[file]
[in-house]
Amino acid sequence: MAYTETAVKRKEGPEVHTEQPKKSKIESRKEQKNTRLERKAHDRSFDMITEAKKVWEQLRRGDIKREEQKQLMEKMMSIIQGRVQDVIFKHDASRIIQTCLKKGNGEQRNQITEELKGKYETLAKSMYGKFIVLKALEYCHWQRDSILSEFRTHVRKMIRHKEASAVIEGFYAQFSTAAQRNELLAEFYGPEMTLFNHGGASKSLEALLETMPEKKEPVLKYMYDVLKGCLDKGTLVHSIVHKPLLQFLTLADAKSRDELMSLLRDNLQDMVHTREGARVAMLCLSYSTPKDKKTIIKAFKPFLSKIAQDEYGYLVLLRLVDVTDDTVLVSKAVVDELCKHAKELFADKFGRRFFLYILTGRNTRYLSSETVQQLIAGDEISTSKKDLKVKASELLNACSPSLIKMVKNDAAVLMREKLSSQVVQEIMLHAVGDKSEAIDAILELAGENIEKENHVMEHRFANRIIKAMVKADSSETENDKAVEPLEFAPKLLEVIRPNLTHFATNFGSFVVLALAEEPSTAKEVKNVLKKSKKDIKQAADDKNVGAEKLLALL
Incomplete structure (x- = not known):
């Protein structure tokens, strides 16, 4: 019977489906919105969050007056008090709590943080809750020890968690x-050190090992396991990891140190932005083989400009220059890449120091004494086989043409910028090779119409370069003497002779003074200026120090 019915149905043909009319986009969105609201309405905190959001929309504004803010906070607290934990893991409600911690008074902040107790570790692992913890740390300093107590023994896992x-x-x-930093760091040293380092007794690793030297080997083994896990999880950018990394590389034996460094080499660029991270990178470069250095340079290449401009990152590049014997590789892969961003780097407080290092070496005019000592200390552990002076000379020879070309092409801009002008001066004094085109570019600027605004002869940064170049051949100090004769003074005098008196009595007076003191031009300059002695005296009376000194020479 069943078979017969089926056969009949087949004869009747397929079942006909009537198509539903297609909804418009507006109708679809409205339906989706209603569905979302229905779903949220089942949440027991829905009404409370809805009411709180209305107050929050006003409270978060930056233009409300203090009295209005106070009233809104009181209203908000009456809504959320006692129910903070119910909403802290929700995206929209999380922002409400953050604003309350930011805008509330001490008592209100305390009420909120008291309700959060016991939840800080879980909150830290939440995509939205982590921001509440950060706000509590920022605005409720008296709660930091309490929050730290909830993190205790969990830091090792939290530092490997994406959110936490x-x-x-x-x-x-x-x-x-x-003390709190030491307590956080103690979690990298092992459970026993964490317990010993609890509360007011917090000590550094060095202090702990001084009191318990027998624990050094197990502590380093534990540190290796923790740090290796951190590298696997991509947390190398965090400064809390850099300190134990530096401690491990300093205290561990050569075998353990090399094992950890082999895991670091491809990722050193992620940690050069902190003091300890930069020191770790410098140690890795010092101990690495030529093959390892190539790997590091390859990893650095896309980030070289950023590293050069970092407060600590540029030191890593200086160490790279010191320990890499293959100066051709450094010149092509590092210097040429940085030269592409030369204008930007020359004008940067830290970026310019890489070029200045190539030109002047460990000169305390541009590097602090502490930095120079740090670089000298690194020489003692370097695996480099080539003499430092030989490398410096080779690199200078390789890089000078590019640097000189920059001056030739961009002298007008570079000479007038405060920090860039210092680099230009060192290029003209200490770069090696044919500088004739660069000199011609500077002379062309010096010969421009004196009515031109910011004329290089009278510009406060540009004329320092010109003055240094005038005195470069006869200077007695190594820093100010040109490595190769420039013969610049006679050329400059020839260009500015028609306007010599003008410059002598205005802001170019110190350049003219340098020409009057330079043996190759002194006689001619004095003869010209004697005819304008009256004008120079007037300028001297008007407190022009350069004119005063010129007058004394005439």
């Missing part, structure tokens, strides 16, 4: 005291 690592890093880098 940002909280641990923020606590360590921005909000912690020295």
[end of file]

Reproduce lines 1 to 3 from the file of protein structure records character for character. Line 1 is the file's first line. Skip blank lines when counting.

[in-house]
Amino acid sequence: MAYTETAVKRKEGPEVHTEQPKKSKIESRKEQKNTRLERKAHDRSFDMITEAKKVWEQLRRGDIKREEQKQLMEKMMSIIQGRVQDVIFKHDASRIIQTCLKKGNGEQRNQITEELKGKYETLAKSMYGKFIVLKALEYCHWQRDSILSEFRTHVRKMIRHKEASAVIEGFYAQFSTAAQRNELLAEFYGPEMTLFNHGGASKSLEALLETMPEKKEPVLKYMYDVLKGCLDKGTLVHSIVHKPLLQFLTLADAKSRDELMSLLRDNLQDMVHTREGARVAMLCLSYSTPKDKKTIIKAFKPFLSKIAQDEYGYLVLLRLVDVTDDTVLVSKAVVDELCKHAKELFADKFGRRFFLYILTGRNTRYLSSETVQQLIAGDEISTSKKDLKVKASELLNACSPSLIKMVKNDAAVLMREKLSSQVVQEIMLHAVGDKSEAIDAILELAGENIEKENHVMEHRFANRIIKAMVKADSSETENDKAVEPLEFAPKLLEVIRPNLTHFATNFGSFVVLALAEEPSTAKEVKNVLKKSKKDIKQAADDKNVGAEKLLALL
Incomplete structure (x- = not known):